He said he had seen Buck with a few big-time drug dealers but could never catch him exchanging money with them. Recently, he questioned one of the officers in charge of the evidence locker. This man admitted Chewy and Buck paid him off to keep his mouth shut about their dirty dealings, that they had been pilfering drugs for a year and selling them to drug dealers. Ryan got him to sign a statement but promised he wouldn’t use it until he had more evidence. Last week, his one witness turned up dead.

    Burnett exchanged glances with the other officers in the room before speaking. We know about Dan Morgan’s murder. It really shook this department. He was beaten to death. He paused. There aren’t any persons of interest in that case.

    Donovan glared at him. Of course, there isn’t. The persons of interest are cops.

    Burnett took a deep breath. What else did Ryan tell you?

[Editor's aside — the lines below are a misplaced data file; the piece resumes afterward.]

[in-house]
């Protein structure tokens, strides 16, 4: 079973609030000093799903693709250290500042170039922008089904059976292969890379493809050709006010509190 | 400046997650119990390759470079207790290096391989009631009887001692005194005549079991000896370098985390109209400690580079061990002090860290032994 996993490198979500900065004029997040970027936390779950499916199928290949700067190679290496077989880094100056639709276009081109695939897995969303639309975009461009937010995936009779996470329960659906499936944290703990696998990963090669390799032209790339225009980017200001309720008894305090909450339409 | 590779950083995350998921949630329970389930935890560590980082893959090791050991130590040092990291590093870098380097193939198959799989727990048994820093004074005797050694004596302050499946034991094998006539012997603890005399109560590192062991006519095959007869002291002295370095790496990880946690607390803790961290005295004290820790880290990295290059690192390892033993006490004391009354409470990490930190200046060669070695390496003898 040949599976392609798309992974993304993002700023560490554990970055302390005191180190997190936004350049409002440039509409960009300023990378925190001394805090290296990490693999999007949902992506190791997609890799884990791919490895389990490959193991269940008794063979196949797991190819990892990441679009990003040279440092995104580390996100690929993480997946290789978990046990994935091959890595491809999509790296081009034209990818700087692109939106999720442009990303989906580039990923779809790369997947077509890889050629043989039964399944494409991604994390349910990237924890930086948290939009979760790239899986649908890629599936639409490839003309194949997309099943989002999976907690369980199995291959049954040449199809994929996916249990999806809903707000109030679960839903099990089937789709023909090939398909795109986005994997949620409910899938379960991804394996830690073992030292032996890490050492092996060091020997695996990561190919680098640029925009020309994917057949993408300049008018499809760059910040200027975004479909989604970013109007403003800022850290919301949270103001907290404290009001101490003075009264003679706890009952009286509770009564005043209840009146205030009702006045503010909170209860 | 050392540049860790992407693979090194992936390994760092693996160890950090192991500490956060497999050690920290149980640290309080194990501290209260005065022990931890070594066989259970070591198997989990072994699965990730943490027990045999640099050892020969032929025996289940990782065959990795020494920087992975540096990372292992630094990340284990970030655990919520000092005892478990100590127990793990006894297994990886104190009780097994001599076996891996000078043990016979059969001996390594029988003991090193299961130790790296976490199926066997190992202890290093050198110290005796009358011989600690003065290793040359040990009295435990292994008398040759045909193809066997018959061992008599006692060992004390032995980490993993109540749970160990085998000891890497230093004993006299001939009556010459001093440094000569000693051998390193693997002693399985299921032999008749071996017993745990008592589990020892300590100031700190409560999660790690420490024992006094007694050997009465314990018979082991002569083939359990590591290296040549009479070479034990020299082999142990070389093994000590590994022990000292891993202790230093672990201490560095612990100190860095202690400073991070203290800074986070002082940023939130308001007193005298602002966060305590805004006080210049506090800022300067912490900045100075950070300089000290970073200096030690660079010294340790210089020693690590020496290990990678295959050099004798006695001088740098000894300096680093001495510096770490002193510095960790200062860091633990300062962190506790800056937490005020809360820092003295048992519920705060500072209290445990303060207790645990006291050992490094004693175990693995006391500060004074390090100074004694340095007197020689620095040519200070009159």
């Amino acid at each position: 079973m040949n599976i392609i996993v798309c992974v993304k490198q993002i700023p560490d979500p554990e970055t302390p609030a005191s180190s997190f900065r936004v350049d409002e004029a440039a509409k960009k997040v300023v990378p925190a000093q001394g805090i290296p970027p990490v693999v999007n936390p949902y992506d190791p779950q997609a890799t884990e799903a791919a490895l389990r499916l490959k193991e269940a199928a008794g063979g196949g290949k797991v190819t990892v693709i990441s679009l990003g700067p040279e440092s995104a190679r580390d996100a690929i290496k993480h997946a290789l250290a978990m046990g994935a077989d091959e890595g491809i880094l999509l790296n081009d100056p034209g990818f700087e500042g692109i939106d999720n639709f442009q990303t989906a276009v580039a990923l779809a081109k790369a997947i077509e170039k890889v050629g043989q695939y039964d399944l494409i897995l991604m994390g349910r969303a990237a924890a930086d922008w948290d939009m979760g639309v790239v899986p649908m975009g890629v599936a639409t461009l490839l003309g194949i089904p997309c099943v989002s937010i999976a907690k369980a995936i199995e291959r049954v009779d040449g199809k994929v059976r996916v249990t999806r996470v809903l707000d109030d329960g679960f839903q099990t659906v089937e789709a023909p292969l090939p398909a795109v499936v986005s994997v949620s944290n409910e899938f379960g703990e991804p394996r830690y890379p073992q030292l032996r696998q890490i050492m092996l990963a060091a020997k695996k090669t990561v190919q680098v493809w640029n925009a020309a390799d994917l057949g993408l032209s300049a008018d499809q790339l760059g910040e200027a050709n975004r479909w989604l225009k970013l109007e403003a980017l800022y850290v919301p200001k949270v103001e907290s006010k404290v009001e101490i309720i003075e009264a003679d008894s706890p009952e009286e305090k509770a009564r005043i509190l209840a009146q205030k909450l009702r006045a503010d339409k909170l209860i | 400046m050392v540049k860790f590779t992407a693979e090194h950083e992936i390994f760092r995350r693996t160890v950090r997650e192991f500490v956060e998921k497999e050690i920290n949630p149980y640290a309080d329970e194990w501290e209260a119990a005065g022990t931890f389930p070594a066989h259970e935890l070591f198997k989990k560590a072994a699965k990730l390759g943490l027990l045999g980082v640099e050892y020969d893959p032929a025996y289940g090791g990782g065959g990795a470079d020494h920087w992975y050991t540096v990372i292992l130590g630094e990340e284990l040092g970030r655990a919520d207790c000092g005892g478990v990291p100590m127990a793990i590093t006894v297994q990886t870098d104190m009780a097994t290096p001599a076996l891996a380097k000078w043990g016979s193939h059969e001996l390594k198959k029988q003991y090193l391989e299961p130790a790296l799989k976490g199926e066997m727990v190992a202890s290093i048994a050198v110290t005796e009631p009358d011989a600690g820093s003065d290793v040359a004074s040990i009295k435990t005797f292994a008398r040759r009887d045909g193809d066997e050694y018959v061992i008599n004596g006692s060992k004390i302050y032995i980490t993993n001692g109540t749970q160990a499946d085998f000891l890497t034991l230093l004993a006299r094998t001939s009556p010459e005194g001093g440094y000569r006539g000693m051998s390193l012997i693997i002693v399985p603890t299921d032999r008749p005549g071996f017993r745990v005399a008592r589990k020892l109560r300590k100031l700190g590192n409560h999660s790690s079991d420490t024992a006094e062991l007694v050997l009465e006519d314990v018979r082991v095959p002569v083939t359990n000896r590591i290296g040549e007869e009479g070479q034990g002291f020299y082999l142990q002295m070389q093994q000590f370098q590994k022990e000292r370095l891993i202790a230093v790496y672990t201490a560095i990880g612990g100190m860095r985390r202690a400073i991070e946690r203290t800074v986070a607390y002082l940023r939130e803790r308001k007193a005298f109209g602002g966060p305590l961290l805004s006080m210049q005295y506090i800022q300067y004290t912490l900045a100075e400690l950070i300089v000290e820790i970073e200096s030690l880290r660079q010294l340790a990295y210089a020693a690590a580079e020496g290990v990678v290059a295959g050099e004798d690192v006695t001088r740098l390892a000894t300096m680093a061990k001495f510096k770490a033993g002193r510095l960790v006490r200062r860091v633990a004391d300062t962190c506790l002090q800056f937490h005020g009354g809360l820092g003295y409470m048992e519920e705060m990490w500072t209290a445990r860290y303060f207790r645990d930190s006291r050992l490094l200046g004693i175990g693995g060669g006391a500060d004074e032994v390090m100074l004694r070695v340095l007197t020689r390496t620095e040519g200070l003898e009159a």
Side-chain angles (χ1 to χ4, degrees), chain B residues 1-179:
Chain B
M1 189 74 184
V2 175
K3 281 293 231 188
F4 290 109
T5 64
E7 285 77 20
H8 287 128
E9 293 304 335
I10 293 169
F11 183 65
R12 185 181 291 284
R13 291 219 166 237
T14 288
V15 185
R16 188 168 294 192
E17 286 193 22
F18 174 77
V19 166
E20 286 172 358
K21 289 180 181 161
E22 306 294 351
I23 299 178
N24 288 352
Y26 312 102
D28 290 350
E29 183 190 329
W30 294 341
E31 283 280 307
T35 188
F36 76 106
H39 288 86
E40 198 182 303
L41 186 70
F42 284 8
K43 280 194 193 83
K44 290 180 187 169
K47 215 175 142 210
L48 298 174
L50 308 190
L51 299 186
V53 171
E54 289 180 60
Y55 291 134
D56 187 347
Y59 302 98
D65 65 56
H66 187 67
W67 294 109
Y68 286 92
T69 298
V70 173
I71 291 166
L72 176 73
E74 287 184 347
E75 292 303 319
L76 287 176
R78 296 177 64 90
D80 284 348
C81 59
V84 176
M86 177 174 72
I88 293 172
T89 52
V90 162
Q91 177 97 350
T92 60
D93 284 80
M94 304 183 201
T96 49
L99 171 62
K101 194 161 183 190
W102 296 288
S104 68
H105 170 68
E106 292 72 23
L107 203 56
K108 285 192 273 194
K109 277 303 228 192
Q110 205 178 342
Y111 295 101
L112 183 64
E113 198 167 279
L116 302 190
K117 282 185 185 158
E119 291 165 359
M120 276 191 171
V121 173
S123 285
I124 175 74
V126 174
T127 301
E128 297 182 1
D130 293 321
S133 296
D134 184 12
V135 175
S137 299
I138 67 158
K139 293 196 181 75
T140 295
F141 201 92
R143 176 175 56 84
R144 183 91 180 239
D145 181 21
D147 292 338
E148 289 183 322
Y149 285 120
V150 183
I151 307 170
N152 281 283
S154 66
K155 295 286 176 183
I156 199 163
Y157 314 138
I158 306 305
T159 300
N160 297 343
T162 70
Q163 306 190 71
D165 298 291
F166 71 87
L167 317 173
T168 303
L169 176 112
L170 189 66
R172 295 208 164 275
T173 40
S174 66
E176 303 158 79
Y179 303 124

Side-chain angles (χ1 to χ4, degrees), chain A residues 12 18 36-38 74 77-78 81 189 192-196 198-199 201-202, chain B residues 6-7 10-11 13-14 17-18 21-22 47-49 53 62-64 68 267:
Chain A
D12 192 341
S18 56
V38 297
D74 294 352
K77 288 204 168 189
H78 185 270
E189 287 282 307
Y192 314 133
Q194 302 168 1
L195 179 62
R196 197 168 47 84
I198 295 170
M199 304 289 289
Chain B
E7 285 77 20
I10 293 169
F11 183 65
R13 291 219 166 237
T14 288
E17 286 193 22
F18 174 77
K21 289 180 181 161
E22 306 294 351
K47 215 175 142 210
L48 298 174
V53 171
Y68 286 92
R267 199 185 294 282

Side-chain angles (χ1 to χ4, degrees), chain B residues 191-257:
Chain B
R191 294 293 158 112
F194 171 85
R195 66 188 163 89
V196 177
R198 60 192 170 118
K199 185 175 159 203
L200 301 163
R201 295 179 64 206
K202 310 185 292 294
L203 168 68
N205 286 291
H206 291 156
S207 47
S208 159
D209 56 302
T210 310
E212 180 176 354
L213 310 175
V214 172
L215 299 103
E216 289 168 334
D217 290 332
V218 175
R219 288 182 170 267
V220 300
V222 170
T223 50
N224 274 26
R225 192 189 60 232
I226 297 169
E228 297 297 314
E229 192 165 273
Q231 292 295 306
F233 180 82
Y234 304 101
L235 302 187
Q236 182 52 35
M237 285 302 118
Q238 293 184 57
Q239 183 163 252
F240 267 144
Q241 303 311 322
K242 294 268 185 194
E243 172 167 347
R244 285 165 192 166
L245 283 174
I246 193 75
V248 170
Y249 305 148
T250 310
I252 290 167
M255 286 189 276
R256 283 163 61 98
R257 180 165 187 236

Switching his train of thought back to the night before Hurricane Sabrina hit, Donovan visualized Ryan standing with his back to the waves, looking up and down the beach as if he expected someone to pop out of the surf. He gave me a leather journal full of information about Chewy and Buck, including the signed statement from the evidence officer, a log of all the threats he had received, and a list of other suspicious officers he believed were working with them. He wanted me to hide it, to keep it safe.

    I trust you with my life, Don, so you’re the only one I trust with this. Promise me you’ll hide it until I ask you for it again. Ryan’s plea came back to him, knotting his stomach with dread; he had trusted Donovan with his life, and yet, he was dead.

    What happened next?

    Donovan peered at Burnett. He didn’t trust him, didn’t trust any of them, but he had to clear his name and get justice for Ryan. The only way to do both was to tell them everything. Ryan dropped me back off at my apartment, and I hid the journal in the bottom of my oven’s drawer. But yesterday morning, I got a text message from Ryan.

    What did the text read?

    Donovan recited the text from memory. "It said, ‘They’re following me. Stay sharp.’ When I got that text, I grabbed my keys, the journal in case I needed it to back up